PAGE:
In Cures for Ailing Organizations I show readers how to strengthen their leadership team and organization’s structure. But I also emphasize that without accomplishments, a nonprofit cannot survive. Nonprofits are founded to make specific changes for the communities they serve. The founders saw a problem that was serious enough to go to the trouble of creating an organization to solve it.

Sometimes such societal changes can occur over the long term through ongoing programs. Nonprofits that provide services to particular sorts of people are one example where ongoing programs are the best choice.

However, most other types of nonprofits need the skills to force positive change through advocacy and proper campaign planning. The status quo is not easily changed so a good shove is usually needed. These skills enable the nonprofit’s leaders to choose the best campaigns and carry them through to success. Succeeding with a campaign is one of the best ways to grow a nonprofit because those whose lives were improved by the campaign will want to help the nonprofit accomplish even more.

A few examples of well-known campaigns that succeeded in improving lives:  
Great campaigns don’t have to be as high-profile as these. In fact, some take place in just a few meetings with the appropriate officials.

Campaigns can also be used for malicious purposes, so understanding the way they work can help nonprofit leaders identify and stop harmful campaigns before they gain momentum. One example of a malicious campaign that is particularly galling to One Street is the successful adoption of the car industry’s invention of jaywalking to criminalize those using the public right-of-way without a car. No pedestrian or bicycle nonprofits existed at that time because there hadn’t been a need. So the campaign went unchecked and to this day, anyone who sets foot in an American street is at best mocked and at worst hauled off to jail. I have to admit, it was a damn clever campaign.

Recently, I’ve had the pleasure of exploring campaign planning processes in detail for a very special project in eastern Ukraine. A few months ago leaders of the Kyiv Cyclists’ Association invited me to come to Ukraine to teach three campaign planning workshops in three eastern cities. The goal of the project is to help reunite the country through partnerships toward positive change, in this case, bicycle and sustainable transportation campaigns.

All three workshops had to be completed by early March in order to meet with the requirements of USAID, the funder of the project. We realized the timeframe wouldn’t work for my teaching the workshops, so we had to find a way to transfer my campaign planning workshop experience to them so that they could teach them themselves. (Read more about the project in our upcoming Jan-Feb 2016 E-newsletter).

Through several Skype meetings and many emails Viktor, Ira, and I worked through best practices and the most common difficulties of these workshops to ensure theirs would start at a high level. We also created a customized workbook for attendees, which Viktor and Ira translated into Ukrainian Cyrillic.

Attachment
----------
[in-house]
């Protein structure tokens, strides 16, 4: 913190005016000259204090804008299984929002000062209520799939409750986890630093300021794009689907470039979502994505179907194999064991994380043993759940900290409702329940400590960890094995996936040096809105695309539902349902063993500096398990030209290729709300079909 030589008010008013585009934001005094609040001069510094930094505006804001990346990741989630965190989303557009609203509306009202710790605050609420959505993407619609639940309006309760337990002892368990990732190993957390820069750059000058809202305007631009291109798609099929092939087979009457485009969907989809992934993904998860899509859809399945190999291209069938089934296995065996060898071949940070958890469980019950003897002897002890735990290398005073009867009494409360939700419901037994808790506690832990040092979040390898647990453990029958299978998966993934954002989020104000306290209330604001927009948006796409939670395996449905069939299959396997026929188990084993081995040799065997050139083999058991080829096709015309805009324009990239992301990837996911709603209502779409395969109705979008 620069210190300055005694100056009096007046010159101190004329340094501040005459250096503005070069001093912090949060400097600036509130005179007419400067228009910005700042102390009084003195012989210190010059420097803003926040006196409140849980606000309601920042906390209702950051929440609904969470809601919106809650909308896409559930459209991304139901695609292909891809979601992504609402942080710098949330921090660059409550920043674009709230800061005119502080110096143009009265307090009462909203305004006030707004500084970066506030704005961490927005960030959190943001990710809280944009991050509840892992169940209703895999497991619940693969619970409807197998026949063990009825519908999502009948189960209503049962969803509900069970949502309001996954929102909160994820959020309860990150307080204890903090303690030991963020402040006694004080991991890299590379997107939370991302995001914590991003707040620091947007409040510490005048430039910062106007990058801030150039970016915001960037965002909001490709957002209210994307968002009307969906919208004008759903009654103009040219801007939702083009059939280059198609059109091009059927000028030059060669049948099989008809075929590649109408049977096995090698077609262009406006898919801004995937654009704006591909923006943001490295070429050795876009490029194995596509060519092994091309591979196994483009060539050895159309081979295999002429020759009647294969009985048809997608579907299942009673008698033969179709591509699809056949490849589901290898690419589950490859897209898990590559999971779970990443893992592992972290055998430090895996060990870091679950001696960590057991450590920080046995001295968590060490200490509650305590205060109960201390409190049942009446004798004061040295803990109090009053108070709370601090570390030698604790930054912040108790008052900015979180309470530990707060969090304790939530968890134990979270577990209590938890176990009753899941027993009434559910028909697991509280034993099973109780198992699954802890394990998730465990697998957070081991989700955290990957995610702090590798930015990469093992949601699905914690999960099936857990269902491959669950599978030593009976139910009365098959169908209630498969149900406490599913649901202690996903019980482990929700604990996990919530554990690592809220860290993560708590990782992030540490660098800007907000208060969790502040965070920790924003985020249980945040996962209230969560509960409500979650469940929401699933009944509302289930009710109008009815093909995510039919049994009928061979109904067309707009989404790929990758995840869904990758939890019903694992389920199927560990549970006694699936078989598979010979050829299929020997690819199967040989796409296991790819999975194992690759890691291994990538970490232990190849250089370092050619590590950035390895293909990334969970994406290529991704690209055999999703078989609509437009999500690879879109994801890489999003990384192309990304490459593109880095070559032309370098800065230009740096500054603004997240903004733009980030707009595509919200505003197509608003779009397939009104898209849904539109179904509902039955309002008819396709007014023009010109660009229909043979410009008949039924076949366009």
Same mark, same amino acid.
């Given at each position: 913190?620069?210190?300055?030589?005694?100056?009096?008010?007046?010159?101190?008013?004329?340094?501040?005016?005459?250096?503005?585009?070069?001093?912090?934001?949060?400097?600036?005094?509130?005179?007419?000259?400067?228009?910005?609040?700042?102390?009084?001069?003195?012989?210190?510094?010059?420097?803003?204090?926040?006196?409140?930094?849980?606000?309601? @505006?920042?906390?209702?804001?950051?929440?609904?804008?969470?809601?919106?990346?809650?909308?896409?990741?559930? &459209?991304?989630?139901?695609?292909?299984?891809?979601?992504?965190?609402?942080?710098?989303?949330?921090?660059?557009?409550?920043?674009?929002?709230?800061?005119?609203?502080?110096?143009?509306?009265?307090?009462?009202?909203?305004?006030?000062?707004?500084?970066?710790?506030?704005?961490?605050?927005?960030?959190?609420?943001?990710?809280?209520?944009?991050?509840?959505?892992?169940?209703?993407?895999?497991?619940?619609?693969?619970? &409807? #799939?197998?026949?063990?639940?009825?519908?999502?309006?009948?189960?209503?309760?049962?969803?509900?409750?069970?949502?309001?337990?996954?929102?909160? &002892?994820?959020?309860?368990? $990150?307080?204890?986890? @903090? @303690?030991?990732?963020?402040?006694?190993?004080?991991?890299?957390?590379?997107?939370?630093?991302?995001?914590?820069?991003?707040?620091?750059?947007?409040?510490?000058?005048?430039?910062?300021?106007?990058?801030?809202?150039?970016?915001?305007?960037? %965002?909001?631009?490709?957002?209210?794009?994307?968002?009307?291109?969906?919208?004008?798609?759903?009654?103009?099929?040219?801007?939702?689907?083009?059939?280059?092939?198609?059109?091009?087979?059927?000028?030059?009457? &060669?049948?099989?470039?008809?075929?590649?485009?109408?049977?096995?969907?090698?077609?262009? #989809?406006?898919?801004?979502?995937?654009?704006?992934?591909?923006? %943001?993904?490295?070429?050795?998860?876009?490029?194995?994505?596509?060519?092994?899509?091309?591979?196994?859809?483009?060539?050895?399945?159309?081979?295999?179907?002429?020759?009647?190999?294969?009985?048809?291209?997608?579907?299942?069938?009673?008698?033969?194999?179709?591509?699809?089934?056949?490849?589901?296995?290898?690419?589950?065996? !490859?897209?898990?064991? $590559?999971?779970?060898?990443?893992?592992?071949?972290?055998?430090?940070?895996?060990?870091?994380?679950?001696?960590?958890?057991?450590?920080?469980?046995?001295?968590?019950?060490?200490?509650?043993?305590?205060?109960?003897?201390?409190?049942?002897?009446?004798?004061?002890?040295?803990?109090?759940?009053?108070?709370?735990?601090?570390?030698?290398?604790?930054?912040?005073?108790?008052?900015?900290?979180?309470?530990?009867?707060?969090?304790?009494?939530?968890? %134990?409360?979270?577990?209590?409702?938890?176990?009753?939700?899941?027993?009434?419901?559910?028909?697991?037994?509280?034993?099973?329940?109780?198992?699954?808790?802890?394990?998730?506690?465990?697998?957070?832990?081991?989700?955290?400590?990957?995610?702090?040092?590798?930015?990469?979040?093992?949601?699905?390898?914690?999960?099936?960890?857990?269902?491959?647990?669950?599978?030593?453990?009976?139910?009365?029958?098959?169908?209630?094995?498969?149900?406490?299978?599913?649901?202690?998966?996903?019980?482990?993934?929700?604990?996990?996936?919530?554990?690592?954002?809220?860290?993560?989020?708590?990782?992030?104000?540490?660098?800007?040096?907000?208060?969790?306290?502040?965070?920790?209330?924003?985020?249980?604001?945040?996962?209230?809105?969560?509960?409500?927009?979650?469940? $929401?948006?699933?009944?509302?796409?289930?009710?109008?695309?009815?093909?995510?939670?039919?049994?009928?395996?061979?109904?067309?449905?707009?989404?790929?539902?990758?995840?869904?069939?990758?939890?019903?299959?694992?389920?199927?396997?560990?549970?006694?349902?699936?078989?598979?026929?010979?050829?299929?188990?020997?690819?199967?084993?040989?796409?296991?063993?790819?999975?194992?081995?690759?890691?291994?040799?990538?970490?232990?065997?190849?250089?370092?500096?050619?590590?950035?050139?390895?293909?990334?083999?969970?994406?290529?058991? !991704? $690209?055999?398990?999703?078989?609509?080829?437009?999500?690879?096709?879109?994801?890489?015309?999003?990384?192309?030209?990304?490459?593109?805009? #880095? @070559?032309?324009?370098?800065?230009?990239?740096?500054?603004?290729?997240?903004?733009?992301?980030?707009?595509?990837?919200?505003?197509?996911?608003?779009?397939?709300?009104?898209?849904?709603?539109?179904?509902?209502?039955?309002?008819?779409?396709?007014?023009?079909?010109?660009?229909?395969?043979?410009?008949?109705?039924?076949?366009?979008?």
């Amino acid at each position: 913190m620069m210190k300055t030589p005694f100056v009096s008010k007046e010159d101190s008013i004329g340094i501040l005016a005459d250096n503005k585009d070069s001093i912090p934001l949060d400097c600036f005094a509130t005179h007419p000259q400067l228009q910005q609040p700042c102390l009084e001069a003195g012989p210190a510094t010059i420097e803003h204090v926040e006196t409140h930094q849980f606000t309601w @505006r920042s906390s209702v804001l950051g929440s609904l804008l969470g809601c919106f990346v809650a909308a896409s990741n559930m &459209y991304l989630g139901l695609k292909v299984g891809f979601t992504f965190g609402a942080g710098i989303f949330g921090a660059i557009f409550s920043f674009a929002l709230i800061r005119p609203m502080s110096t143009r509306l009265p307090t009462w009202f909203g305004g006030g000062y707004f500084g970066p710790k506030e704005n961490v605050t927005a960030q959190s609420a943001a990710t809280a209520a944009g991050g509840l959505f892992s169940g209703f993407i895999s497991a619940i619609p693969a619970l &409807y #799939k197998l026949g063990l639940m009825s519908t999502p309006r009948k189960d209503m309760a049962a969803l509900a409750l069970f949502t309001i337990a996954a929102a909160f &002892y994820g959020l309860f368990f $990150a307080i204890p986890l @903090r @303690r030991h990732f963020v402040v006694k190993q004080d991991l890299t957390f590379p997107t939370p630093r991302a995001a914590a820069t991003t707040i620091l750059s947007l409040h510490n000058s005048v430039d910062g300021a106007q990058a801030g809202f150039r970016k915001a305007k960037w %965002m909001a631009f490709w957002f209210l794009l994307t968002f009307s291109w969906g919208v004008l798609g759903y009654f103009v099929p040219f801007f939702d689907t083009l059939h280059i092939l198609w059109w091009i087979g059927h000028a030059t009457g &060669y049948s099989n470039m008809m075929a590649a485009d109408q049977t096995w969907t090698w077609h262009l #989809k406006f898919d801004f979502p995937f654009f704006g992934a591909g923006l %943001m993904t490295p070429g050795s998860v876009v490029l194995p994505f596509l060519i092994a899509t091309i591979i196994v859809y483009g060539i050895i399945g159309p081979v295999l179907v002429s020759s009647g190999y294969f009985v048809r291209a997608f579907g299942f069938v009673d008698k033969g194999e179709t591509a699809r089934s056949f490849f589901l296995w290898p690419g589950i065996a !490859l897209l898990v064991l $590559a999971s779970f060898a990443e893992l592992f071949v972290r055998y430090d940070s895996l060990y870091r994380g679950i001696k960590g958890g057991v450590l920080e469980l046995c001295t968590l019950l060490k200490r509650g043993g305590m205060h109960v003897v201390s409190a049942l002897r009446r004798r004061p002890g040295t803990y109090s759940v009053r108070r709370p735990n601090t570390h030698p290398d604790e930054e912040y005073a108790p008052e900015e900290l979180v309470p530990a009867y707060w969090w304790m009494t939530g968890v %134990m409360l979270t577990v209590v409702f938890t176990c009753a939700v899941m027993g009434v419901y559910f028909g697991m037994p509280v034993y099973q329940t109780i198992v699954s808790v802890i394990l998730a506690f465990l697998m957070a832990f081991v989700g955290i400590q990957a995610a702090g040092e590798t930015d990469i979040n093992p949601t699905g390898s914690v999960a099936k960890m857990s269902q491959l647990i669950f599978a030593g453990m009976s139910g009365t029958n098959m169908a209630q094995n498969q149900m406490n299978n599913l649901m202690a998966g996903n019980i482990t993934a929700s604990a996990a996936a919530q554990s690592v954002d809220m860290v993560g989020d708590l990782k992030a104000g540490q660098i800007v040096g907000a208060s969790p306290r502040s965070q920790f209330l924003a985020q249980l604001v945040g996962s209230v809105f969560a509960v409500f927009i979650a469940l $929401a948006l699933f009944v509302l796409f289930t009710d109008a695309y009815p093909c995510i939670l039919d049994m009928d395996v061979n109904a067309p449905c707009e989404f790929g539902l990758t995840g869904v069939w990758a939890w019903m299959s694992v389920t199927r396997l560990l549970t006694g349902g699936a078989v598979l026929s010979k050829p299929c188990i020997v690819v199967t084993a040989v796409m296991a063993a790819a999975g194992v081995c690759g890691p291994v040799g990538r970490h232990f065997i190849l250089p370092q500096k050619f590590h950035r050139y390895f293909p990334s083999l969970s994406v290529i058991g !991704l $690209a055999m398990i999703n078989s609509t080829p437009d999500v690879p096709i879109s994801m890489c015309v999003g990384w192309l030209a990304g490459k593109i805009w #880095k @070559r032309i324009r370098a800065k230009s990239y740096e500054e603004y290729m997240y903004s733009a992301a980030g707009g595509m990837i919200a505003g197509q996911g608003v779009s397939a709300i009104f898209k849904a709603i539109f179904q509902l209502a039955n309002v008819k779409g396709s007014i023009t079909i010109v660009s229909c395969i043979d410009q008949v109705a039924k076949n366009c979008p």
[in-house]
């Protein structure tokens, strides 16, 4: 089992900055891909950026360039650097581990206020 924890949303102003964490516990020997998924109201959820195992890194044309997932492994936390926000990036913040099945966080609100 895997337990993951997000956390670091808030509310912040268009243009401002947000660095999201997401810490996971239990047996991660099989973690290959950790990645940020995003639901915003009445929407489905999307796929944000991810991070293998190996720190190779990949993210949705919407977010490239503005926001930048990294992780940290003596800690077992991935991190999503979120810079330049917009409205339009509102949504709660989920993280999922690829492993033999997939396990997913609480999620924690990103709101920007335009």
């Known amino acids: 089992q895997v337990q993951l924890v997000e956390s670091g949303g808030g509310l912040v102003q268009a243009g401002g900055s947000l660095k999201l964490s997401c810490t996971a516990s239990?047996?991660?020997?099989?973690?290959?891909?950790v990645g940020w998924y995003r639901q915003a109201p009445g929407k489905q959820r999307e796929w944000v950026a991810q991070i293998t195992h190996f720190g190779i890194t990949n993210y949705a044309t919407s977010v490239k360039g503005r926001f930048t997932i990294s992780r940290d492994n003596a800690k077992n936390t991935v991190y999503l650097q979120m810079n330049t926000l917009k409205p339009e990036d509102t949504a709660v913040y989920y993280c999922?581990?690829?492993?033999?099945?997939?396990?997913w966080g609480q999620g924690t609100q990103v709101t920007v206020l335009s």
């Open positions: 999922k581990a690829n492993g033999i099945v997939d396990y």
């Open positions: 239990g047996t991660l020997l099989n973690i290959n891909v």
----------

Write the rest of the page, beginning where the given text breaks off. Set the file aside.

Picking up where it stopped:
Teaching someone else is one of the best ways to review and learn even more about a favorite topic. I’ve posted the basics on One Street’s Campaign Planning page, but training Viktor and Ira meant a far deeper analysis. Through this project, I have been reminded of the importance of:
  • Ensuring that only leaders of nonprofits attend the campaign planning workshop because only they will know what their organization can and cannot take on.
  • Distinguishing between campaigns and programs.
  • Choosing a campaign that is likely to win.
  • Remembering that problem development is always the most difficult for attendees, so plenty of time must be given for this early step.
  • Emphasizing that attendees are the experts for their unique situations and need workshop time to work through the details, so case studies from other areas are all but useless.
  • Taking the time to allow attendees to fully assess who in their community has the power to solve the problem they have defined.
  • Showing attendees the value of completing a comprehensive campaign plan before launching it. I like to use a favorite quote from Sun Tzu in The Art of War, 6th century BC: “The successful strategist only enters battle after the battle has been won.”

Two of the three workshops have already taken place and the results are outstanding! See them in the E-newsletter article linked above. Most notable are the clear goals for growing each of their nonprofits through their campaigns and using them as springboards for even more positive change in their troubled area.

I’ve learned many times over the years, and especially over these past few months, that campaign planning is one of the most valuable tools for energizing nonprofits and ensuring they forge a confident path toward the mission their founders intended. Eastern Ukraine is becoming a proven model of this through this inspiring project.

If you would like more info on One Street's Campaign Planning efforts please use the comments box below.